I also finished listening to Rivers of London by Ben Aaronovitch, which I decided to try because the audio version was recommended to me as having a good narrator. This was certainly true, as I remember not really being engaged by the book when I read it in text version, whereas the audiobook got me invested right away, and kept me listening avidly right to the end. The narrator, Kobna Holdbrook-Smith, imbued the hero, Peter Grant, with a very appealing, self-deprecating humour, and I was extremely happy to spend many hours in his company. The story, involving a ghost possessing people and forcing them to commit violent crimes along the plot of Mr Punch, was pretty unpleasant in places, but the world was well-drawn and the peripheral characters both varied and interesting. So, whilst I only got as far as this book when reading, I shall definitely continue with the series in audio format, as another demonstration of how much difference a really good narrator can make to a story.
There were also several games played at the weekend, all of them new to me. I didn't get on that well with Legendary Encounters (Firefly version), as it seemed overly difficult for the players to triumph, and the actual gameplay wasn't very interesting. I also wasn't particularly fond of Migration, which is one of those games where I grasped the mechanics very quickly, but failed entirely to appreciate any level of strategy. Gloom in Space was just Gloom with space-themed cards, and proved just as unengaging as I remembered the original game being.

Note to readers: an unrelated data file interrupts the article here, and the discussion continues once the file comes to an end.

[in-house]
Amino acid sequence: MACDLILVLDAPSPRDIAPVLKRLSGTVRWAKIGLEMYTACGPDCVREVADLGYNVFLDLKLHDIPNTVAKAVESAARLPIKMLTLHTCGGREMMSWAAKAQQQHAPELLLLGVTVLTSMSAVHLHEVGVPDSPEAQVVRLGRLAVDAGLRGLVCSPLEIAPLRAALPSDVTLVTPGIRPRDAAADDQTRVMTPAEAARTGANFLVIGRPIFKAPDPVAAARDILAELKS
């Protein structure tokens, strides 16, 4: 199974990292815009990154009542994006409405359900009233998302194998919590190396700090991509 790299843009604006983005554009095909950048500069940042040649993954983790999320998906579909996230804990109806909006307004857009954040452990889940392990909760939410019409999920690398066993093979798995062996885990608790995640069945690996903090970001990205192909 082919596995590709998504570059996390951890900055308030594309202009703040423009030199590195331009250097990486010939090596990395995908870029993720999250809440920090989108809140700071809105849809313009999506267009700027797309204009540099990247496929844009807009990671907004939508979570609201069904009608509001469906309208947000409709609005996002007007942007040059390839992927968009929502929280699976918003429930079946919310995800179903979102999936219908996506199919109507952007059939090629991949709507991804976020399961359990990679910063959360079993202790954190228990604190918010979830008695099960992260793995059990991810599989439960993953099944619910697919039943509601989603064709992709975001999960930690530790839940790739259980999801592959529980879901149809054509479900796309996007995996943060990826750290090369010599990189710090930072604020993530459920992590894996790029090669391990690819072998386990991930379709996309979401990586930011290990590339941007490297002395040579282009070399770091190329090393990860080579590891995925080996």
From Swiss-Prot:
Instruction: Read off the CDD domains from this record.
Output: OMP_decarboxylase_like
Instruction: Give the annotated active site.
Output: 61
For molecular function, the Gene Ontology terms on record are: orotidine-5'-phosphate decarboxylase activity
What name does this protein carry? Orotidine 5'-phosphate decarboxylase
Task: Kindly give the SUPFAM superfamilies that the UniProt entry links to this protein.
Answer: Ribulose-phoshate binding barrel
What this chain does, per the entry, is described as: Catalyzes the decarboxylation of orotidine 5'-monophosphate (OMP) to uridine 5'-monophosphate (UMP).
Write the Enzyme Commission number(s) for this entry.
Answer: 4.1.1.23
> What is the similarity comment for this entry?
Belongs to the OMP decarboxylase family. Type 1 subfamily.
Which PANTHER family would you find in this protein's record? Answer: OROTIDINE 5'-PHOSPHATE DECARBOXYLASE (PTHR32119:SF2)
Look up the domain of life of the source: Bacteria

However, I bought Via Nebula, which turned out to be a really interesting and fun game. It involves exploring a misty valley, establishing building sites, and then transporting the relevant resources to them, in order to build structures that then give you certain powers. The exploration and discovery of resources benefited all the players, whereas the buildings only benefited the person completing them, so it was a tricky balance of getting what you needed without helping everyone else too much. Definitely one to play again while it's still fresh in my mind, and a decent addition to our games collection.
We also played Great Scott, which proved very entertaining on several levels. Players collect cards in order to construct a weird invention, and then have to describe it to the other players in the manner of a snakeoil salesman trying to make a sale. There was strategy in the card-collecting stages, in that points could be earned for matching types and also alliteration. And then it was great fun listening to everyone try and explain how indispensable their inventions were, whilst also trying to sell one's own. I drew with one of the other players, though most of my points came from good card combinations, whilst he earned most of his via enthusiastic performance skills at the selling stage. My favourite of my inventions was the Clockwork Cucumber Driven Dandelion Airship.